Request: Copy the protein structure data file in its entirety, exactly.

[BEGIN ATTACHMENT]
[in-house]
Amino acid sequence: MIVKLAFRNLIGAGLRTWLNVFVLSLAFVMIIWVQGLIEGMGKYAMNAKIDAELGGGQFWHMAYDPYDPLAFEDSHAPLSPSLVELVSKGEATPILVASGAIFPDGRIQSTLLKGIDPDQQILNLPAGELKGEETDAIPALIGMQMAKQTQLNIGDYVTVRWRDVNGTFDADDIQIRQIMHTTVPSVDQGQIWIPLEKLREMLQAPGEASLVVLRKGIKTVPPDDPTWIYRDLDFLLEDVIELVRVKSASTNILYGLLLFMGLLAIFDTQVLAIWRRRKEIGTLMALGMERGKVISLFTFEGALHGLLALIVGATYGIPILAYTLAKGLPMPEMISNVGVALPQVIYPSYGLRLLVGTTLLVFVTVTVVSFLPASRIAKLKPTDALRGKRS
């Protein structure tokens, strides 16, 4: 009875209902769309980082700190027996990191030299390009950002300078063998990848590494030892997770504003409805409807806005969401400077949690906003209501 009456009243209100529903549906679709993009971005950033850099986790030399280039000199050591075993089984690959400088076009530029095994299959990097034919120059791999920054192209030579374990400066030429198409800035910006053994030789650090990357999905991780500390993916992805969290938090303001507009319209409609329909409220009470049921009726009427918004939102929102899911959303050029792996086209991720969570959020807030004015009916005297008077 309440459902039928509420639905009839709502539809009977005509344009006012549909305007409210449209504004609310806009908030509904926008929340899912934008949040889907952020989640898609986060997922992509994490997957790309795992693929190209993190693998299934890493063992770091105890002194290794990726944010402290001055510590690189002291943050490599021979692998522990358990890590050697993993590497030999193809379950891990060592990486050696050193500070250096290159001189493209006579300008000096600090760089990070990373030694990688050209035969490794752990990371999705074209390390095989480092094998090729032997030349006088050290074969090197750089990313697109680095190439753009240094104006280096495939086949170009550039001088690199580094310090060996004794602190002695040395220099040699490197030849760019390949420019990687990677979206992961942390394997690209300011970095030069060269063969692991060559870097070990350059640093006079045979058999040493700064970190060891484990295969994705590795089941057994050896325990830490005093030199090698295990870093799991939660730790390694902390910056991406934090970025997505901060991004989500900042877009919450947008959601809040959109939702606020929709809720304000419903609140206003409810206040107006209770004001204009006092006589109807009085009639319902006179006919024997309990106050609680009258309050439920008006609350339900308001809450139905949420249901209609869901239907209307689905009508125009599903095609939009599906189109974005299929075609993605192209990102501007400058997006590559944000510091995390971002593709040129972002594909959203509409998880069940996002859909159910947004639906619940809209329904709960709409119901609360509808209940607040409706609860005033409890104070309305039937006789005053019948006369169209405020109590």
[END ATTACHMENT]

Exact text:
[in-house]
Amino acid sequence: MIVKLAFRNLIGAGLRTWLNVFVLSLAFVMIIWVQGLIEGMGKYAMNAKIDAELGGGQFWHMAYDPYDPLAFEDSHAPLSPSLVELVSKGEATPILVASGAIFPDGRIQSTLLKGIDPDQQILNLPAGELKGEETDAIPALIGMQMAKQTQLNIGDYVTVRWRDVNGTFDADDIQIRQIMHTTVPSVDQGQIWIPLEKLREMLQAPGEASLVVLRKGIKTVPPDDPTWIYRDLDFLLEDVIELVRVKSASTNILYGLLLFMGLLAIFDTQVLAIWRRRKEIGTLMALGMERGKVISLFTFEGALHGLLALIVGATYGIPILAYTLAKGLPMPEMISNVGVALPQVIYPSYGLRLLVGTTLLVFVTVTVVSFLPASRIAKLKPTDALRGKRS
């Protein structure tokens, strides 16, 4: 009875209902769309980082700190027996990191030299390009950002300078063998990848590494030892997770504003409805409807806005969401400077949690906003209501 009456009243209100529903549906679709993009971005950033850099986790030399280039000199050591075993089984690959400088076009530029095994299959990097034919120059791999920054192209030579374990400066030429198409800035910006053994030789650090990357999905991780500390993916992805969290938090303001507009319209409609329909409220009470049921009726009427918004939102929102899911959303050029792996086209991720969570959020807030004015009916005297008077 309440459902039928509420639905009839709502539809009977005509344009006012549909305007409210449209504004609310806009908030509904926008929340899912934008949040889907952020989640898609986060997922992509994490997957790309795992693929190209993190693998299934890493063992770091105890002194290794990726944010402290001055510590690189002291943050490599021979692998522990358990890590050697993993590497030999193809379950891990060592990486050696050193500070250096290159001189493209006579300008000096600090760089990070990373030694990688050209035969490794752990990371999705074209390390095989480092094998090729032997030349006088050290074969090197750089990313697109680095190439753009240094104006280096495939086949170009550039001088690199580094310090060996004794602190002695040395220099040699490197030849760019390949420019990687990677979206992961942390394997690209300011970095030069060269063969692991060559870097070990350059640093006079045979058999040493700064970190060891484990295969994705590795089941057994050896325990830490005093030199090698295990870093799991939660730790390694902390910056991406934090970025997505901060991004989500900042877009919450947008959601809040959109939702606020929709809720304000419903609140206003409810206040107006209770004001204009006092006589109807009085009639319902006179006919024997309990106050609680009258309050439920008006609350339900308001809450139905949420249901209609869901239907209307689905009508125009599903095609939009599906189109974005299929075609993605192209990102501007400058997006590559944000510091995390971002593709040129972002594909959203509409998880069940996002859909159910947004639906619940809209329904709960709409119901609360509808209940607040409706609860005033409890104070309305039937006789005053019948006369169209405020109590």